Delta Air Lines began hiring pilots as it expanded its capacity to Europe this summer. The Atlanta-based carrier is also preparing well to have a talented crop of crew members in later years. The company launched its Propel Pilot Career Path Program in 2018 to support hiring requirements with a quicker path to the cockpit. Now, the airline is expanding the initiative with two additional universities on board.
The window is currently open and students can apply to take part in the Propel program through September 17th. Photo: Vincenzo Pace | Simple Flying
Two to join the dozen
Southern Illinois University Carbondale (SIU) and Southeastern Oklahoma State University (Southern) have now joined the fold. They join 12 other institutions partnering with the airline with its pilot program.
Students that apply will go through a robust interview and evaluation procedure. If successful, they will receive a qualified job offer from Delta that details a defined path and catalyzed route to becoming a pilot.
SIU and Southern join the following universities that have partnered with the Propel program.
Arizona State UniversityAuburn UniversityEmbry-Riddle Aeronautical University – Daytona BeachEmbry-Riddle Aeronautical University – PrescottInter American University of Puerto RicoJacksonville UniversityKent State UniversityMiddle Georgia State UniversityMiddle Tennessee State UniversityMinnesota State University, MankatoUniversity of North DakotaWestern Michigan University
Selected applicants will accumulate flight hours at the university where their training took place before having the option to fly for a Delta Connection operator or a military aircraft for the armed forces. Photo: Delta Air Lines
Opening up opportunities
It won’t be too long for those partaking in the program to start seeing the fruits of their labor. The first pilot trained by it is expected to enter the flight deck by next year.
First Officer and Propel liaison Courtney Copping shared the following in a Delta statement:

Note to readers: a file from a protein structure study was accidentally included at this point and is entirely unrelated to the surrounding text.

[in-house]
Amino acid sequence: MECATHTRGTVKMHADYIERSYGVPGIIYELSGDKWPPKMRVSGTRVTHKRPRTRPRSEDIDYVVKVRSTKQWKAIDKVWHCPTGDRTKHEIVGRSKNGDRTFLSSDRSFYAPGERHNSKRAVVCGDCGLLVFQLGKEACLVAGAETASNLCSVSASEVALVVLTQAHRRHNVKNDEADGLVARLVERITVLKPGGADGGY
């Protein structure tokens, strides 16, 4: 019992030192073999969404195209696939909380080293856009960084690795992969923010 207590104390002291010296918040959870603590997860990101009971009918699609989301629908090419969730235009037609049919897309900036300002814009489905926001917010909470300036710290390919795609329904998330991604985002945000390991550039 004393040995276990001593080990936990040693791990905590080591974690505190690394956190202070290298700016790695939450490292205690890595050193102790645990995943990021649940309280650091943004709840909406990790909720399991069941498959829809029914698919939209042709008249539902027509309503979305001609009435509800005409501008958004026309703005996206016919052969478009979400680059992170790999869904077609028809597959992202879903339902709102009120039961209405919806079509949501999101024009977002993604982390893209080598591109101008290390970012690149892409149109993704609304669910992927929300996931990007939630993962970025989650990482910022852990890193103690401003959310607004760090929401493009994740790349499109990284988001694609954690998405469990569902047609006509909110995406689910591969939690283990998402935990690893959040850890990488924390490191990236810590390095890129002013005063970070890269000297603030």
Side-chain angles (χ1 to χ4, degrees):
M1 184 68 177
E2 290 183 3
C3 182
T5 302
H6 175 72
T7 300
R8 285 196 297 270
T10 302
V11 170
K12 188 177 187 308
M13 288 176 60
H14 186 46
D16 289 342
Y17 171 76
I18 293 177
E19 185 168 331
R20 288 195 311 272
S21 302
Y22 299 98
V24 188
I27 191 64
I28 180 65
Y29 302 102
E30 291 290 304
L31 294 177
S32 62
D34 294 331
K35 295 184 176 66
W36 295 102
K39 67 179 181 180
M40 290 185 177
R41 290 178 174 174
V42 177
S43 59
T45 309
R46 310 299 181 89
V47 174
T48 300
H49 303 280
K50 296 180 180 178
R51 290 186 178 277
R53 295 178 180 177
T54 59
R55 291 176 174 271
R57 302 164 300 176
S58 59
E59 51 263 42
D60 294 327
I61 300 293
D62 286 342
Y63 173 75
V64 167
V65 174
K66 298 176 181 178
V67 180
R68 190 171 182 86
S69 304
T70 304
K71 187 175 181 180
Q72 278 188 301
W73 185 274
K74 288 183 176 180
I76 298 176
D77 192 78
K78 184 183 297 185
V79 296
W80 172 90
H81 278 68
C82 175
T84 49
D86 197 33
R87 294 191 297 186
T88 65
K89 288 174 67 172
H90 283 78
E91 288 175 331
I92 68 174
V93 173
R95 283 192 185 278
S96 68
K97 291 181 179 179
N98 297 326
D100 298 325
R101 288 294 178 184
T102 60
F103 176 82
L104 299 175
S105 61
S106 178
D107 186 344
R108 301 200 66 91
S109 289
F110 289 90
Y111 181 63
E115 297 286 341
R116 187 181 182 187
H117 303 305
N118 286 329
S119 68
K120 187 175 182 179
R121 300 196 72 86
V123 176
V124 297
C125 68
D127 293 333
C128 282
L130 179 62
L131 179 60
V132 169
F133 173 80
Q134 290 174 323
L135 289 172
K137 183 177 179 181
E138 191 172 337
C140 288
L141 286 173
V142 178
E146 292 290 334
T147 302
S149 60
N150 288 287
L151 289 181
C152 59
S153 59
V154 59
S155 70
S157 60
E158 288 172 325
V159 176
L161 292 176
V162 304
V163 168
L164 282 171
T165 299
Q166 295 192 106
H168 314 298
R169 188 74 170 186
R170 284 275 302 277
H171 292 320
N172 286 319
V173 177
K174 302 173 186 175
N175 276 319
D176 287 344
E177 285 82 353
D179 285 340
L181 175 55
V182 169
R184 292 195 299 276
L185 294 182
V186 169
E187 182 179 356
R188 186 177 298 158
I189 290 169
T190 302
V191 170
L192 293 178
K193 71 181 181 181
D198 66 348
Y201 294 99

“This is the beginning of two new partnerships committed to ensuring the success of the students at outstanding institutions and providing Delta with quality candidates. Seeing is believing, and the Propel program shows students a defined path of how to achieve their dreams of flying for Delta.”
Meanwhile, First Officer and Propel liaison Will Weiss added the following:
“As a Southeastern alumni and Delta pilot, I’m very excited that Delta is adding Southeastern to the Propel program. The opportunities for current students are amazing, unlike any opportunities I had offered to me. Having a guaranteed job offer from Delta is an incredible opportunity. I hope to see many more Southeastern graduates here soon.”
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The recruitment drive is on
US airlines are keen to support the next generation pilots well in the coming years. Delta is joined by other carriers ramping up their efforts. For Instance, United Airlines shared in April that it plans on training 5,000 new pilots by the end of this decade via its Aviate Academy. The Chicago-based carrier aims for at least half of the new students to be women or people of color.
Delta pilots will mentor those taking part in the airline’s project. Photo: Getty ImagesIt’s not just US airlines preparing for the future. European outfits are also as determined to hire a pool of talent. For instance, Ryanair is recruiting 2,000 pilots amid a partnership with the Airline Flight Academy. Moreover, Wizz Air plans to hire 4,600 pilots by the time the 2030s roll around.
Altogether, there could be a shortage of 60,000 pilots by the next decade. Even though flight operations have been presently rocked by the global health crisis, and many crew members have sadly lost their jobs, airlines also need to be ready for the strong demand expected from the second half of the 2020s.
What are your thoughts about the Delta Air Lines Propel program for aspiring pilots? What do you make of the overall initiative? Let us know what you think in the comment section.
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